How can AI help hearing impaired to fair better in emergency situations

Applied AI & AI in business /

User story: AI for sign language in emergency situations

April 2 2020/3 min read
  • Anna Gross
    Anna GrossBusiness Developer

We love hearing what our users are up to on the platform, and every now and then we come across a project that we are particularly impressed by. This project by Dr. Faisal Alsrheed is one of them. Read our interview with him below to learn more about how he built a model to translate sign language into text in emergency situations.

"The model can take video footage and read the 60 most important signs used in emergencies and translate them into text with a 96% accuracy"

Hi Faisal! We’ve been so impressed with what you’ve been building on the platform. Would you tell us a bit more about what it is you’re trying to achieve?

Absolutely! The short version is that I’ve been building a sign-language translator that can interpret what hearing-impaired people are communicating into text in emergency situations, so that medical staff are able to understand it.

There are many applications where people have built apps for communication in the other direction -- translating text into sign language -- so that part of the translation is done quite well already. But translating from sign language to text has proved a lot more difficult so I wanted to try and see if I could do something about this. 

That’s an interesting use case! We’re curious, what made you decide to do it?

In Saudi Arabia, the literacy rate of people with a hearing impairment is very low, which can lead to particularly difficult situations if they end up needing to call for help in an emergency. With AI we have a great opportunity to change this once and for all, which is why I wanted to work on this. Working with tools like Peltarion makes it easy to experiment with things that are otherwise quite difficult to learn, which means that I can get something up and running in my spare time. I think it’s very important that the app I’m building is completely free for the people who need it.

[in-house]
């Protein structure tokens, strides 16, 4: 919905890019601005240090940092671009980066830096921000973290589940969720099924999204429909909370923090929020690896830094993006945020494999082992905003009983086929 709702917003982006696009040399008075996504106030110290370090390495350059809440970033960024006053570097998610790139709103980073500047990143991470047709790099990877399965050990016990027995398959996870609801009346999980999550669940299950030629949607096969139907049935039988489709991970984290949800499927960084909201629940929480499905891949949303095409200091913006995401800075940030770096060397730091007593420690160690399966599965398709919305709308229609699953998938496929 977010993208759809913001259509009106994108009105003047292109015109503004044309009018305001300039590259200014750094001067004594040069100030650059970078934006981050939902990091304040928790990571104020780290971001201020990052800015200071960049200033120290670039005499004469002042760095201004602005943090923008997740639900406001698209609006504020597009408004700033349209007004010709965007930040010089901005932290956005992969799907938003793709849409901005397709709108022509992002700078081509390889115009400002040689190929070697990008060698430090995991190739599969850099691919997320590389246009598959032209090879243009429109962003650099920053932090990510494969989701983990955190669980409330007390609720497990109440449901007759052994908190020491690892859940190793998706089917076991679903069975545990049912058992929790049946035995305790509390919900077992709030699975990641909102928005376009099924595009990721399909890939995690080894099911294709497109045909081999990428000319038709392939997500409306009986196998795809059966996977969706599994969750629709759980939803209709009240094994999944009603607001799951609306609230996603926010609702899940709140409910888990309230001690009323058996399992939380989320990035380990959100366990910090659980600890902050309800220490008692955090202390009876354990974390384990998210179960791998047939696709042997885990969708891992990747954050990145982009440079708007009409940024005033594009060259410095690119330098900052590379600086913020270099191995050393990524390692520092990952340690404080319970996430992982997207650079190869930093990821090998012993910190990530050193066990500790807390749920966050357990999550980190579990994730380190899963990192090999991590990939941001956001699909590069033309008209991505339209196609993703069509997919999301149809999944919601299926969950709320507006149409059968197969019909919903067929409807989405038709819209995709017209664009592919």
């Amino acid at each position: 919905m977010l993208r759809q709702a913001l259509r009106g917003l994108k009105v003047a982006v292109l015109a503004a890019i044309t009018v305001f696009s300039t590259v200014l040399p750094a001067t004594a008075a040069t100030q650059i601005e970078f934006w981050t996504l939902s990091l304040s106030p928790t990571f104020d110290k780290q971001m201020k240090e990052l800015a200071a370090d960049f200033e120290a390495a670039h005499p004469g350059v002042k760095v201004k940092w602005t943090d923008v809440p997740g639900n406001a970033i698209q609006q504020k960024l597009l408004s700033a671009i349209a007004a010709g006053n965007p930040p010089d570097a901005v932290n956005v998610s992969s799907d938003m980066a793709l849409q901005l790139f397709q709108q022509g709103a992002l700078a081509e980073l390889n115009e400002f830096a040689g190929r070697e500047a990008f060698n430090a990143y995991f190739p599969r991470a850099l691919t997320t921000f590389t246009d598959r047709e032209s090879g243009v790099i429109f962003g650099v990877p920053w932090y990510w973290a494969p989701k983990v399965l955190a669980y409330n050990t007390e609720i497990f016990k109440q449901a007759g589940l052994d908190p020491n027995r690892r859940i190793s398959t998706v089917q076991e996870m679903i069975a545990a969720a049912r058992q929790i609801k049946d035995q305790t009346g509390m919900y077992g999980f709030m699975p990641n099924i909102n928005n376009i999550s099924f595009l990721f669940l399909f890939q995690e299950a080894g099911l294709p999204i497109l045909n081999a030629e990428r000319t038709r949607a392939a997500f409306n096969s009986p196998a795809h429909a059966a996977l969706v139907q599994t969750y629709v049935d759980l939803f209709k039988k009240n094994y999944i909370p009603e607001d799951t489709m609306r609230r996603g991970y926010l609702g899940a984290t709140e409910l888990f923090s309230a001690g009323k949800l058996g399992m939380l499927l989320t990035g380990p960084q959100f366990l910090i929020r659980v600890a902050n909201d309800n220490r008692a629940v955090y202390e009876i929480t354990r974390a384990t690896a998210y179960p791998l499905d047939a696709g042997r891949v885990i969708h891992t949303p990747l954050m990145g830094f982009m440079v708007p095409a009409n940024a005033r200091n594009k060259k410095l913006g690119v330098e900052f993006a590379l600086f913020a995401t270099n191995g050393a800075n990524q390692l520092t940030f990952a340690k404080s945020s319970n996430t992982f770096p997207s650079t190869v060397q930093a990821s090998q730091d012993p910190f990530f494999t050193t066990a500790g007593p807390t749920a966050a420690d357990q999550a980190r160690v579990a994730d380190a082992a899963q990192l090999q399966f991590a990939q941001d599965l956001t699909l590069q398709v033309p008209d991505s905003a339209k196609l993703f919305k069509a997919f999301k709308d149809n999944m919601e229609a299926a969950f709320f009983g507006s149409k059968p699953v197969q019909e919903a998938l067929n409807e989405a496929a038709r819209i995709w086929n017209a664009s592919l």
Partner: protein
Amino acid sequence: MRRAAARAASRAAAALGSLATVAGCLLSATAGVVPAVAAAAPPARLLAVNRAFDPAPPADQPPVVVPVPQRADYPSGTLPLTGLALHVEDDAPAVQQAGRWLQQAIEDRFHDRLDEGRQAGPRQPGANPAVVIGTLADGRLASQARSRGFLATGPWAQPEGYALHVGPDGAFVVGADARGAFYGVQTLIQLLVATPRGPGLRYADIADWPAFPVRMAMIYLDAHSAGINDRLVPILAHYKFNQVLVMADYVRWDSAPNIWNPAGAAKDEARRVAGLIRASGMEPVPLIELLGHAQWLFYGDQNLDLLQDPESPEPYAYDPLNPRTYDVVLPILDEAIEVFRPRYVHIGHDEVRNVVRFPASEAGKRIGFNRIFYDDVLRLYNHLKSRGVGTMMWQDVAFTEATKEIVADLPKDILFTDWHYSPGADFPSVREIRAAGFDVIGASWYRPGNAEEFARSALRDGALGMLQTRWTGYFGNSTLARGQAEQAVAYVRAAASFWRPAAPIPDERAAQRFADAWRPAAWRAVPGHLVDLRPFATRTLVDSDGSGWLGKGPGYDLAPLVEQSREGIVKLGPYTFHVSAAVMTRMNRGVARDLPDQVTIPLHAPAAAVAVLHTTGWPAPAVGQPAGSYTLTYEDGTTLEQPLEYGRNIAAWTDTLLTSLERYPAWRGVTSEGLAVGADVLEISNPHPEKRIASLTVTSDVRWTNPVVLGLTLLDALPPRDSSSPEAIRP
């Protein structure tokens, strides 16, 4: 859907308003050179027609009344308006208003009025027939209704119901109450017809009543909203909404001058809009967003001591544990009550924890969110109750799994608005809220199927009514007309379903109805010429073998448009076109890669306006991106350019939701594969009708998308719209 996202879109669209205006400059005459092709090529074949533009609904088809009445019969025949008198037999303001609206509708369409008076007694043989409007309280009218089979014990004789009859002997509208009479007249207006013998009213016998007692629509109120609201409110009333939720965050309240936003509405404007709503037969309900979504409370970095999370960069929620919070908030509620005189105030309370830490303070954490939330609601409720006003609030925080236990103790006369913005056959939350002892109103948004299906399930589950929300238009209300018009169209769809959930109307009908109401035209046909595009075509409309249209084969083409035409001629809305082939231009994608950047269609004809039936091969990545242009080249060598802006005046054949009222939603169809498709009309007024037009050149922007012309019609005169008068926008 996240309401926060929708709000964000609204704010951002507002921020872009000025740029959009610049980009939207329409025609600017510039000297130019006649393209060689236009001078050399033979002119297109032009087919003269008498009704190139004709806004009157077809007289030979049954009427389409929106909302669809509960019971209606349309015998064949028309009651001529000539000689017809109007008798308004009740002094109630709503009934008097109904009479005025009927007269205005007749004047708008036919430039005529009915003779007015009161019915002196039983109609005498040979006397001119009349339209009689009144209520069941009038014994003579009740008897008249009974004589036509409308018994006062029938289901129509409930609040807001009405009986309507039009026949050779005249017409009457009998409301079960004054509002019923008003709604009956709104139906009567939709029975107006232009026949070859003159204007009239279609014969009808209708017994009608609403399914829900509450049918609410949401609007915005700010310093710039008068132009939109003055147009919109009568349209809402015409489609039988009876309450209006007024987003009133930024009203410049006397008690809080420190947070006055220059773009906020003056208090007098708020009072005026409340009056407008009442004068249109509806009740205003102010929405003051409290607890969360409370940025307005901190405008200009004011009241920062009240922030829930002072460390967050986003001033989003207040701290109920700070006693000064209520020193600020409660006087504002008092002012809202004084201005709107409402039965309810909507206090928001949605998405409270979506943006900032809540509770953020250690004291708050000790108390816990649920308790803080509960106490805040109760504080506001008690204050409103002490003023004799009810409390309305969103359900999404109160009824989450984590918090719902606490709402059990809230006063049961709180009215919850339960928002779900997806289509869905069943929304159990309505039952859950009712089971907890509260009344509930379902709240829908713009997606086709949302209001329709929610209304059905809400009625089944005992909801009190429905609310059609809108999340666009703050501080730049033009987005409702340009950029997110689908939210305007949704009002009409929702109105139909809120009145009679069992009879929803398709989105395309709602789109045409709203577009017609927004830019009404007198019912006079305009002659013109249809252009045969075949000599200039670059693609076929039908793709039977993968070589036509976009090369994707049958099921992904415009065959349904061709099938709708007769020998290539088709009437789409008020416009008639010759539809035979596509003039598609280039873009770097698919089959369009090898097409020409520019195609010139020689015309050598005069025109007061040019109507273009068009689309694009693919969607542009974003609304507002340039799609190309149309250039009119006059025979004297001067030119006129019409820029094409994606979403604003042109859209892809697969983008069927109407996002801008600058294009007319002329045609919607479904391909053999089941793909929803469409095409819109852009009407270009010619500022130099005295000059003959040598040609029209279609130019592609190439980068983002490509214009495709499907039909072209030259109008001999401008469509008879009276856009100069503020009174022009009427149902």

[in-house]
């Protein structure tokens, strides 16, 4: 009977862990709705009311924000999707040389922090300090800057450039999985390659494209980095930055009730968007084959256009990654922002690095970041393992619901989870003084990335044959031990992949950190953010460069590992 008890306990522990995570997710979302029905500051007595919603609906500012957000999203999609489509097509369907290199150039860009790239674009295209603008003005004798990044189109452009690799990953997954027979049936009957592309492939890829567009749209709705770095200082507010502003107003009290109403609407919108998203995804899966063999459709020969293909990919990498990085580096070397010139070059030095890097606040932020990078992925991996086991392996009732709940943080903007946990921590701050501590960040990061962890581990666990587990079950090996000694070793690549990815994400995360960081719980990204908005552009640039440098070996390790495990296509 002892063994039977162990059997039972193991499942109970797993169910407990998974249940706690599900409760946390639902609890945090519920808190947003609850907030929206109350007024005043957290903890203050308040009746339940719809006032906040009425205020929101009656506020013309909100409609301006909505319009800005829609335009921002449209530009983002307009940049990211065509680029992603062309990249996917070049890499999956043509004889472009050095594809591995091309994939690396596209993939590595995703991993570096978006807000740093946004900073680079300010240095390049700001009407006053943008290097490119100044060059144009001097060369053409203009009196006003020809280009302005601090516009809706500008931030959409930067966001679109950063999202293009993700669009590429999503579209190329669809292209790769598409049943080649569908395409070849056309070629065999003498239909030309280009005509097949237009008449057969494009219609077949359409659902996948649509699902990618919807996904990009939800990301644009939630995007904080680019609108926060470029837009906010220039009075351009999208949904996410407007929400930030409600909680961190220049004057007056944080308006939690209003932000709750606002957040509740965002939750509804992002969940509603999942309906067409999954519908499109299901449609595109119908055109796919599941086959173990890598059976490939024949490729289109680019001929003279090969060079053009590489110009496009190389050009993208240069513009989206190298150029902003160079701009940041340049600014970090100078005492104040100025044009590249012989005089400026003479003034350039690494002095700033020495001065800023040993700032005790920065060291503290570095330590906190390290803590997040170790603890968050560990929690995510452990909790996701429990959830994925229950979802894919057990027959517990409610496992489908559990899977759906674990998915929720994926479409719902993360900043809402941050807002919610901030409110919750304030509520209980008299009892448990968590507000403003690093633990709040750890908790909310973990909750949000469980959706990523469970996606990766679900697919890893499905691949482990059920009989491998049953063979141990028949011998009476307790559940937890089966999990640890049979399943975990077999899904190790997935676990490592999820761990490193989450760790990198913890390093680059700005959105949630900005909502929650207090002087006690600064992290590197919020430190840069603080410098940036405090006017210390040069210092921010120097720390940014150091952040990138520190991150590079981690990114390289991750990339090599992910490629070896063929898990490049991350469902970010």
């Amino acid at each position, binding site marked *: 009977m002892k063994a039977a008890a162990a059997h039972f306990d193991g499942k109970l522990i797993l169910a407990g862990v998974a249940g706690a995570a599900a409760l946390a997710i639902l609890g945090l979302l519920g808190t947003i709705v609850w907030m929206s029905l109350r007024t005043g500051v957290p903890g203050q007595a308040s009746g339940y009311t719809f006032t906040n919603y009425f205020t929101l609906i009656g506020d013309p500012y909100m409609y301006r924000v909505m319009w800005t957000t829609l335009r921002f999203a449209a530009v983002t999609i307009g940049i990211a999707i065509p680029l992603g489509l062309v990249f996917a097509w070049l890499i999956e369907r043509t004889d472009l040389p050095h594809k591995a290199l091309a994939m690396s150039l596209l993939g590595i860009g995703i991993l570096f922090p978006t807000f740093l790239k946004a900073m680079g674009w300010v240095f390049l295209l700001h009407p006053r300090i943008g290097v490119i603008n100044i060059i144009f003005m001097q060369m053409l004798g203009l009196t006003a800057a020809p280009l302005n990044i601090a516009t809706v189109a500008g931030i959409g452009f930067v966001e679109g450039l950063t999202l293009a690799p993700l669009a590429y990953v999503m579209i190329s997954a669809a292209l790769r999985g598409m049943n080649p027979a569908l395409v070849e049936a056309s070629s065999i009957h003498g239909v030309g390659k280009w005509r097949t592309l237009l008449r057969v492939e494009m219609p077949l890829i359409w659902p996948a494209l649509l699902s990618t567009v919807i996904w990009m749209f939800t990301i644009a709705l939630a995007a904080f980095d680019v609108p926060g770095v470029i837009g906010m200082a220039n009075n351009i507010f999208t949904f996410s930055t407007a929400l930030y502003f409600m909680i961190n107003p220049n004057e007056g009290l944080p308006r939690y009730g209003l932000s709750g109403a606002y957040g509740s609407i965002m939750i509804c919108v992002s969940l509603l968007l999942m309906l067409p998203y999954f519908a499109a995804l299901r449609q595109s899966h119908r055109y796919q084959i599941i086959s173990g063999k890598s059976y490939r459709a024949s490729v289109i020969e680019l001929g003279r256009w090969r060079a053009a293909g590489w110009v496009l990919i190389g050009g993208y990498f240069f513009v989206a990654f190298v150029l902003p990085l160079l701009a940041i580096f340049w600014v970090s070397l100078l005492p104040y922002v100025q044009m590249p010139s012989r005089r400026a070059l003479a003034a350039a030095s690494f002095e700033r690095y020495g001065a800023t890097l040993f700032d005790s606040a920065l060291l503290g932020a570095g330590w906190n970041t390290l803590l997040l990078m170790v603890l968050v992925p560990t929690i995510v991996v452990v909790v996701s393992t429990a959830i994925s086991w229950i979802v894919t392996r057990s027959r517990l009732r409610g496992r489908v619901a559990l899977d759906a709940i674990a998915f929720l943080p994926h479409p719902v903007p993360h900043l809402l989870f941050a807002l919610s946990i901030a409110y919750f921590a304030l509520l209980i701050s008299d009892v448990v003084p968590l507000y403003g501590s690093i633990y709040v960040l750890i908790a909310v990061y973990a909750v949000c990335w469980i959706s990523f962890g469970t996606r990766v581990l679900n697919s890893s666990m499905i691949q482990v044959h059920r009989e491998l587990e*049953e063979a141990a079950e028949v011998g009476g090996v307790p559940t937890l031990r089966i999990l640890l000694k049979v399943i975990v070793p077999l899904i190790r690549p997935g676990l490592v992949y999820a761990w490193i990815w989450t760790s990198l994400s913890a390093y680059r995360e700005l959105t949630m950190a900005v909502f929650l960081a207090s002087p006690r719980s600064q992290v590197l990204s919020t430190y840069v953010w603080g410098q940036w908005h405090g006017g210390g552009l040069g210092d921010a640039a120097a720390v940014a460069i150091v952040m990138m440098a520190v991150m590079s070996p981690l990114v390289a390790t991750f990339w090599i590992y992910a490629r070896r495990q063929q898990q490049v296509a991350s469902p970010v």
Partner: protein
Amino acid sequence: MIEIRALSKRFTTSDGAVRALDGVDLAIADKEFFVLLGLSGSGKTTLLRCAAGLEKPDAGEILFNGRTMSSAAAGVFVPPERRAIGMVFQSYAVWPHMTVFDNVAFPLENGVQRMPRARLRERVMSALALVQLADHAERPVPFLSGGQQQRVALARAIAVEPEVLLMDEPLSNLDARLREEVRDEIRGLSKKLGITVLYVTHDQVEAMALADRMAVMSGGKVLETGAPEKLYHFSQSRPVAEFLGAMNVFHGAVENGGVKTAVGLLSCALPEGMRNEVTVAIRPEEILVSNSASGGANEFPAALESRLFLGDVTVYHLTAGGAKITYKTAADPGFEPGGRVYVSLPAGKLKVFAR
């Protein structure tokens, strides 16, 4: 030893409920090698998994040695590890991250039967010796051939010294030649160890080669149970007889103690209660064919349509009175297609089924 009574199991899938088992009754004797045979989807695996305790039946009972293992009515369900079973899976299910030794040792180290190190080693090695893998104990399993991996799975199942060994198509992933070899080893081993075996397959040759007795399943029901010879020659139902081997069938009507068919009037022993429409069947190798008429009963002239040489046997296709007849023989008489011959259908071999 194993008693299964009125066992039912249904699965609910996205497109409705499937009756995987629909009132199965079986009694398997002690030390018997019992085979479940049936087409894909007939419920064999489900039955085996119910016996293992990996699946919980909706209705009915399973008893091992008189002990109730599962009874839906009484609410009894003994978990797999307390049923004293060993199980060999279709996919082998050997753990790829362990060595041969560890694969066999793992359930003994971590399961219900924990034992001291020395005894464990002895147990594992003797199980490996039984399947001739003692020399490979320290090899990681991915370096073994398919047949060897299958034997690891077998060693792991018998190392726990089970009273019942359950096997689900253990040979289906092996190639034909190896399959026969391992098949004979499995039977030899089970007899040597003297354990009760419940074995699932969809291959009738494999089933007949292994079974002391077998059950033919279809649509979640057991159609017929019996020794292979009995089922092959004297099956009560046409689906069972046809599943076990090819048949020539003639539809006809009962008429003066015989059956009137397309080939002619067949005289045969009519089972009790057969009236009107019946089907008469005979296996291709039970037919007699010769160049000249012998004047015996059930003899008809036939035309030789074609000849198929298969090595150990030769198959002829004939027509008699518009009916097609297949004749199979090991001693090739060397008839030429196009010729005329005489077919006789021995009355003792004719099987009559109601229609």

That sounds like a really important issue to tackle. What have been the results so far? 

Right now the model can take video footage and read the 60 most important signs used in emergencies and translate them into text with a 96% accuracy, so I’m quite happy with that! 

Great! We’re of course very curious about how you found the platform in all of this. What have you found helpful about the platform?

I’m able to experiment a lot more with the Peltarion platform than I otherwise would have. In fact, I would not even have been able to do this in a Jupyter notebook. I was able to do much more advanced things, like having two inputs and using the connectors to make that happen. I also liked that I was able to run multiple experiments at once. And the deployment, of course. This is something I normally find very tedious, and I couldn’t believe how easy this was in the platform. In the platform it’s not really about how technically difficult a problem is. It is just about how you tune the hyperparameters, which I really like.

That’s like music to our ears! And what features would you like to see added? 

I’ve been wondering whether you plan to add standard RNN and LSTM models at any point soon - not because I’ve wanted to use them for this problem myself, but sometimes people want to see the results of these models first as a comparison to know how to evaluate the quality of what I’ve built. 

Thanks, Faisal! That’s great feedback. We’ll pass that on to the product team. And thank you so much for telling us about your amazing project! We’re here to help if you want any support from us along the way. 

If you want to explore Faisal’s project further, you can find a video demo of what Faisal has built here

And if you’ve been building a project that you think we should feature on our blog, please get in touch with me at We’d love to hear from you!

    • Anna Gross

      Anna Gross

      Business Developer

      Anna Gross works with business development at Peltarion, aiming to make deep learning accessible to people from a wide range of industries. Before joining Peltarion, she set up the startup non-profit Project Access. She holds a bachelor’s degree in History from the University of Oxford and has also spent two years at Peking University in China studying Mandarin.